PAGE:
There’s a phenomenon that happens every year around this time, as sure as the leaves changing, that certain chill in the air, and the freakin’ Christmas stuff on the shelves before we’ve even come down from the Halloween sugar buzz. Ahem. Where were we?
Oh, yeah, photography. Let’s try that again.
A few times a year, the camera manufacturers get around to announcing their new gear. While these announcements often coincide with major trade shows like Photokina and the Consumer Electronics Show (CES), some announcements, like recent announcements from Sony, RED, Nikon and Canon, have a logic all their own. They also, as it happens, spawn an illogic all their own.
Go anywhere online that photo guys* congregate, and you’ll find some variation on the following: “Should I buy the [as-yet-unannounced] D800, the [also as-yet-unannounced] D4, or the D7000?” God love ‘em, they could just buy a flippin’ camera and get down to making photos already, but the possibility of a newer, shinier one has them just beside themselves. What if they buy a camera that exists, and the newer camera is… well, all like, new and stuff? It might be incrementally better!
Some of these same people will decide, on the basis of the same partial specs or even just a leaked name that suggests something might be replaced or upgraded, that the company in question has lost their touch, if not their collective mind. There aren’t even any test images, to say nothing of a real, live, functioning camera. On the basis of a handful of rumors, this must be the worst camera the company has ever made, and that forthwith they are going to sell all of their gear and buy a Sigma body and lenses.**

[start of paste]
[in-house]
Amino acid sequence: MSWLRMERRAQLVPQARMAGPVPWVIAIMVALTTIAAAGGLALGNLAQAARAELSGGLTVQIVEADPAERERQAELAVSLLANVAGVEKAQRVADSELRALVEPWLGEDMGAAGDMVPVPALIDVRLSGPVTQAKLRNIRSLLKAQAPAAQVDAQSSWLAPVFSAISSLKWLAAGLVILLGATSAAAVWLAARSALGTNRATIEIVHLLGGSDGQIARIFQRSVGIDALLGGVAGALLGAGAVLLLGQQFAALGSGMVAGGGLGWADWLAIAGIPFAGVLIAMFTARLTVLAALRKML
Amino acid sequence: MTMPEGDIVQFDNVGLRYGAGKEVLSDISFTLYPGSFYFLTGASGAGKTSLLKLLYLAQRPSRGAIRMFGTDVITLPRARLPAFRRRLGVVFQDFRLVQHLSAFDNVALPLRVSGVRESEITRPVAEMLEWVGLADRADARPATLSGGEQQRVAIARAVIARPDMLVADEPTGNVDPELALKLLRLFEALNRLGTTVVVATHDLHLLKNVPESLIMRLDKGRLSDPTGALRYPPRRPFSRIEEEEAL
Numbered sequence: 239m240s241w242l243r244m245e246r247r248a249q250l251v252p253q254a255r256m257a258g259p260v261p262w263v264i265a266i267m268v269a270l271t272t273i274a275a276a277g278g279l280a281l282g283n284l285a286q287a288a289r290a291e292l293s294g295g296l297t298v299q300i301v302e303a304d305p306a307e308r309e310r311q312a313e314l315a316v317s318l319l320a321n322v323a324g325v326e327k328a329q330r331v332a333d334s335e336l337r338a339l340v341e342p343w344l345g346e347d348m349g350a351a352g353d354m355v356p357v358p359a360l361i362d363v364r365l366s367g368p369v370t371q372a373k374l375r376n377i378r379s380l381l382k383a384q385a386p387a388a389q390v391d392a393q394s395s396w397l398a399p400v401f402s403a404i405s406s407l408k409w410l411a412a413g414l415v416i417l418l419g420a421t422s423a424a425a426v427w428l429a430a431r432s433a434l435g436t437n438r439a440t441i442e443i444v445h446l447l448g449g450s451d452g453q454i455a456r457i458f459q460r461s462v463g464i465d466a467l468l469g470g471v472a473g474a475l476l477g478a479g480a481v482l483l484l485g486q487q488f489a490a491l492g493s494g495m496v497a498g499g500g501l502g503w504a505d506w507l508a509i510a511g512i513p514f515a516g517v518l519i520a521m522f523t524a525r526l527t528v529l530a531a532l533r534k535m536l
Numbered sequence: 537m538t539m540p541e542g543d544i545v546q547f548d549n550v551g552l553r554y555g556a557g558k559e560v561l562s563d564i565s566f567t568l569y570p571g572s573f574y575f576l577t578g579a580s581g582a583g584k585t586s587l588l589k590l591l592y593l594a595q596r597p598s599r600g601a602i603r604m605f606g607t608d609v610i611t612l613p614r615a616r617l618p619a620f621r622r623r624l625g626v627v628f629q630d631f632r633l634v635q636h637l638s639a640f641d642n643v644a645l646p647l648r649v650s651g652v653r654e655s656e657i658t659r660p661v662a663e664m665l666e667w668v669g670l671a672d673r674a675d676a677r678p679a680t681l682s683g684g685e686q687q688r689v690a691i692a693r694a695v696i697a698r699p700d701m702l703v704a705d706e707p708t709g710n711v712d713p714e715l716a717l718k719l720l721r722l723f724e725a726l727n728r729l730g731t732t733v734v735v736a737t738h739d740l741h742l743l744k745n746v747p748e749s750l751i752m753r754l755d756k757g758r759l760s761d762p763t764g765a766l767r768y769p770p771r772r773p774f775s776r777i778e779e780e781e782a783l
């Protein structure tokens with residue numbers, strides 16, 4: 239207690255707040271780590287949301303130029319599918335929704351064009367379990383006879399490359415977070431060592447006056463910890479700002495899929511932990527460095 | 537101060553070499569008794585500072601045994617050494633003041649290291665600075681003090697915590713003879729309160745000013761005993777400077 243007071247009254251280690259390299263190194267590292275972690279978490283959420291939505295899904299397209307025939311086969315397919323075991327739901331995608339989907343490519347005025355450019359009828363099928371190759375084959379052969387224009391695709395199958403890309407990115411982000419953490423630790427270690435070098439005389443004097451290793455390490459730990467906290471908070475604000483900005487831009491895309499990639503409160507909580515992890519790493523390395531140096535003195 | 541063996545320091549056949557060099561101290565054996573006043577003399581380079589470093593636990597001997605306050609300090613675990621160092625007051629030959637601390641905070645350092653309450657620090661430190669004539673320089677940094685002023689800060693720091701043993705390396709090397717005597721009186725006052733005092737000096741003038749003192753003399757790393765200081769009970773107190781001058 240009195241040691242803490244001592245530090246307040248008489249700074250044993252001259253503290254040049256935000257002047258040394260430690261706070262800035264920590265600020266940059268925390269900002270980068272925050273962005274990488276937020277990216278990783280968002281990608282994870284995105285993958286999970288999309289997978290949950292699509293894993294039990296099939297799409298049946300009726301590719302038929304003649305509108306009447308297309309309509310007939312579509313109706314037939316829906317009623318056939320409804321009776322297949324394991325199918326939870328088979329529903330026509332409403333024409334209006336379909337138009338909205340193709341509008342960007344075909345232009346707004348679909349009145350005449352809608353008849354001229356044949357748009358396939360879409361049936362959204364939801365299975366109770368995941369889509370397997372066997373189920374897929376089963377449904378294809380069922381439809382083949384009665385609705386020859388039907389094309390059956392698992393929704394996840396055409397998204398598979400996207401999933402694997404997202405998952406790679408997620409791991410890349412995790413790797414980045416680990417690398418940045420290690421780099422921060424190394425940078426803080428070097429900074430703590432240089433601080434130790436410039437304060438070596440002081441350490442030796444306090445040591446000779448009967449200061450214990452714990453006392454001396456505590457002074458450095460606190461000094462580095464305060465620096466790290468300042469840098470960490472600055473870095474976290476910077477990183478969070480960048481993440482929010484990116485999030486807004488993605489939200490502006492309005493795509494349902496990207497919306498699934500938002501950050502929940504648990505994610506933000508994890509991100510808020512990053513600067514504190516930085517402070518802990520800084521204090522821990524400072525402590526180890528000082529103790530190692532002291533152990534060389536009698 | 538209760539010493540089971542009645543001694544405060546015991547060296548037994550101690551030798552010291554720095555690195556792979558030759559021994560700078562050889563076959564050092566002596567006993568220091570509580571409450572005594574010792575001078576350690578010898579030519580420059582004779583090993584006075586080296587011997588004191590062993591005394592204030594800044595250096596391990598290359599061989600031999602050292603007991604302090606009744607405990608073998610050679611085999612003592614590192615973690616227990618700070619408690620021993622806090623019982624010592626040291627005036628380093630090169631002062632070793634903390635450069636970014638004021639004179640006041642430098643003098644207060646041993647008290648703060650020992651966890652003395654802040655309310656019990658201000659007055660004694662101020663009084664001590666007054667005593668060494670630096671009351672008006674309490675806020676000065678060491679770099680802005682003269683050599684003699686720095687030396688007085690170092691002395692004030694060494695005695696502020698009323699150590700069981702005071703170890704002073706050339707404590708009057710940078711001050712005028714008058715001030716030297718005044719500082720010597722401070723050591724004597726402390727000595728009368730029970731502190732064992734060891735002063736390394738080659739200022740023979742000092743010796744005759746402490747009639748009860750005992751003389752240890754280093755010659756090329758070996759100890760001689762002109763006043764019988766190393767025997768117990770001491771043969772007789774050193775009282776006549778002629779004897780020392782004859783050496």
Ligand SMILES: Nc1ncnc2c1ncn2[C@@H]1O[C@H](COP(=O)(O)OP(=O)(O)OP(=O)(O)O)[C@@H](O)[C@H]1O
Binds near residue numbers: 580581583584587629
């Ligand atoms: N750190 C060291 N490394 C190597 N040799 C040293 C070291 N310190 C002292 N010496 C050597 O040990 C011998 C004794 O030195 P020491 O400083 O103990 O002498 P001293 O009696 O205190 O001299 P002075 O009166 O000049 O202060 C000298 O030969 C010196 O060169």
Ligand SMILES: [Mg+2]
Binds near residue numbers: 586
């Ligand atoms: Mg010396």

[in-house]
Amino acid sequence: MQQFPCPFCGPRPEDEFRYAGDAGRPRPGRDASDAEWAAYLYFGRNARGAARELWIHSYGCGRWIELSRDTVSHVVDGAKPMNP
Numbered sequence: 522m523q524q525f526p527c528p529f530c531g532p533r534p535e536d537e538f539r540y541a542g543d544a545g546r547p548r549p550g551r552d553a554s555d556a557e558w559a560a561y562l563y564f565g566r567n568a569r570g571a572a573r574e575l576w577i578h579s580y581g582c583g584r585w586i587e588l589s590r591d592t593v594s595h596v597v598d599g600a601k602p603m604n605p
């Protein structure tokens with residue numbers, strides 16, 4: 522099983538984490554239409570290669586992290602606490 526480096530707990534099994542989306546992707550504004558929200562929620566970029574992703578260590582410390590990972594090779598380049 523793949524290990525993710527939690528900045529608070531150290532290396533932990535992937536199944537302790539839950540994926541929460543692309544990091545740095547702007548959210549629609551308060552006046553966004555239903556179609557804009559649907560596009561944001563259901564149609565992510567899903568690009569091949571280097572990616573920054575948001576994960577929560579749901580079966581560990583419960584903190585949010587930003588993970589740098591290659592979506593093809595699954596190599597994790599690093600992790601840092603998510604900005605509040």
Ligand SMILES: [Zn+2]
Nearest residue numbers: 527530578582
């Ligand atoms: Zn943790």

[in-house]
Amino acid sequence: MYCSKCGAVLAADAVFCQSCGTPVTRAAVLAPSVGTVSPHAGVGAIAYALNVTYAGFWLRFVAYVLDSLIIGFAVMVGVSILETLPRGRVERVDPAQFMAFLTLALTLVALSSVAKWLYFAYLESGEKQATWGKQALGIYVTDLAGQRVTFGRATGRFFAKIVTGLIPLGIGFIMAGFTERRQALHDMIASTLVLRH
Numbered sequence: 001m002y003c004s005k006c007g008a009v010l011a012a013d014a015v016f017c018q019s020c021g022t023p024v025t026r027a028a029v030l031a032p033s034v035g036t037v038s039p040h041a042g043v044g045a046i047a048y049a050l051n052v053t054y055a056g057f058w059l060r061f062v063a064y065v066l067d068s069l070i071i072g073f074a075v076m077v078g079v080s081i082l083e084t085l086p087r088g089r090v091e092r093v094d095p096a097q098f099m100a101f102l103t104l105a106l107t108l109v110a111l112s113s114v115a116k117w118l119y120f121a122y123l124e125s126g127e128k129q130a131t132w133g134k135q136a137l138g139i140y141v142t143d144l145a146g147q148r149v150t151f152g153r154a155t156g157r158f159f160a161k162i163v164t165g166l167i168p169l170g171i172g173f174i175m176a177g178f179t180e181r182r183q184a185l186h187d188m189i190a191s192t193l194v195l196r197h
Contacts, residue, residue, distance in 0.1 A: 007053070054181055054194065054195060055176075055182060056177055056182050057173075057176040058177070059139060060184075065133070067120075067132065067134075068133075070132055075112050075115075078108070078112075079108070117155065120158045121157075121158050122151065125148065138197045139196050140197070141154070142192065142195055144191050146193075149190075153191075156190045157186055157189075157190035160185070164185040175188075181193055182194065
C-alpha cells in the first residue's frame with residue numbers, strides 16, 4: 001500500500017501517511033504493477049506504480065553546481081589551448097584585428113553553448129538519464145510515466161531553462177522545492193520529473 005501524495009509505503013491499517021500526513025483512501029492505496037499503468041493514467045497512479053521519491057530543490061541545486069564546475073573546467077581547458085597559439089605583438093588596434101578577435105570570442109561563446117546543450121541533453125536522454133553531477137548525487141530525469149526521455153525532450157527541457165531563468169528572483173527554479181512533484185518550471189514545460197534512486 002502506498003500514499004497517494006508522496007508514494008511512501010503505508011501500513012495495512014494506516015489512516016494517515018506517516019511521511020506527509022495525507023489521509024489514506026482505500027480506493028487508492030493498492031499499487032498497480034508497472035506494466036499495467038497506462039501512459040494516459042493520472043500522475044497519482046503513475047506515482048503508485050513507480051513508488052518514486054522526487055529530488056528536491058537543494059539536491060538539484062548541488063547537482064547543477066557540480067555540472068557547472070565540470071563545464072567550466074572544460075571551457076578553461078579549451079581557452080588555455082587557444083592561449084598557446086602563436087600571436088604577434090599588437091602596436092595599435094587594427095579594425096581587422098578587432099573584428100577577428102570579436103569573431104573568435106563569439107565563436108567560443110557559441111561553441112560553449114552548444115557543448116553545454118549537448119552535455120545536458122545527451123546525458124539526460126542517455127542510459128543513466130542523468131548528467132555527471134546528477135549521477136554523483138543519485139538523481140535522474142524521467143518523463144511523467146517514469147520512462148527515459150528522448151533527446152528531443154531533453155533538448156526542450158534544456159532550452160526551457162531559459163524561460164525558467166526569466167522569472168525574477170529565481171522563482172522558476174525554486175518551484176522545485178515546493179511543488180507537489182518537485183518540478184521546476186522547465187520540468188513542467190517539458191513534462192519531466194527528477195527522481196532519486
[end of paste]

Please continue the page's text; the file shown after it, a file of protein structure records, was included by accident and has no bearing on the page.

Let me take the Captain Obvious uniform out of mothballs again. If you have good options at your disposal already, why not take advantage of them? If the best camera is the one you’ve got, it stands to reason you can’t make photos with something you don’t own. Will the next camera have more bells and whistles? Undoubtedly, yes. Can you take photos with a camera that hasn’t come out yet? Do you really need me to answer that question for you?
Every generation of photographers, for as long as there’ve been photographers, had fewer gear options open to them than you do right at this second. What they had in common was that they learned to do uncommon things with their equipment, sometimes despite its flaws, and sometimes because of them. While it’s possible to take any piece of equipment to the limits of its capabilities, it helps to make sure that it’s the limitations of the gear, and not your own limitations, holding you back. Be honest with yourself, and be as willing to look in the mirror as in your camera bag. Before you complain, are you already using what you’ve got to the best of its, and your, abilities? If you wait for the “right” camera, you will always be frustrated.
But that’s just my $.02 worth. Tell me, what do you think?
*This is not a somehow sexist observation. Women don’t obsess over gear; they generally figure out what they need, get it, and use it, whereas if someone’s spending as much time bitching over their kit as using it, you can bet they could work up a respectable beard on a few days’ notice. Just saying.
**Lest you think I’m kidding, Ken Rockwell actually did this (minus the Sigma body and lenses bit) with the Fuji X100, declaring it unworthy to be a poor man’s poor man’s Leica prior to its release. Once the camera was out, his tune changed so radically that there was rampant speculation that Fuji had gifted him with one of the cameras.
The First 10,000 runs on passion (and an awful lot of caffeine). Buy me a coffee.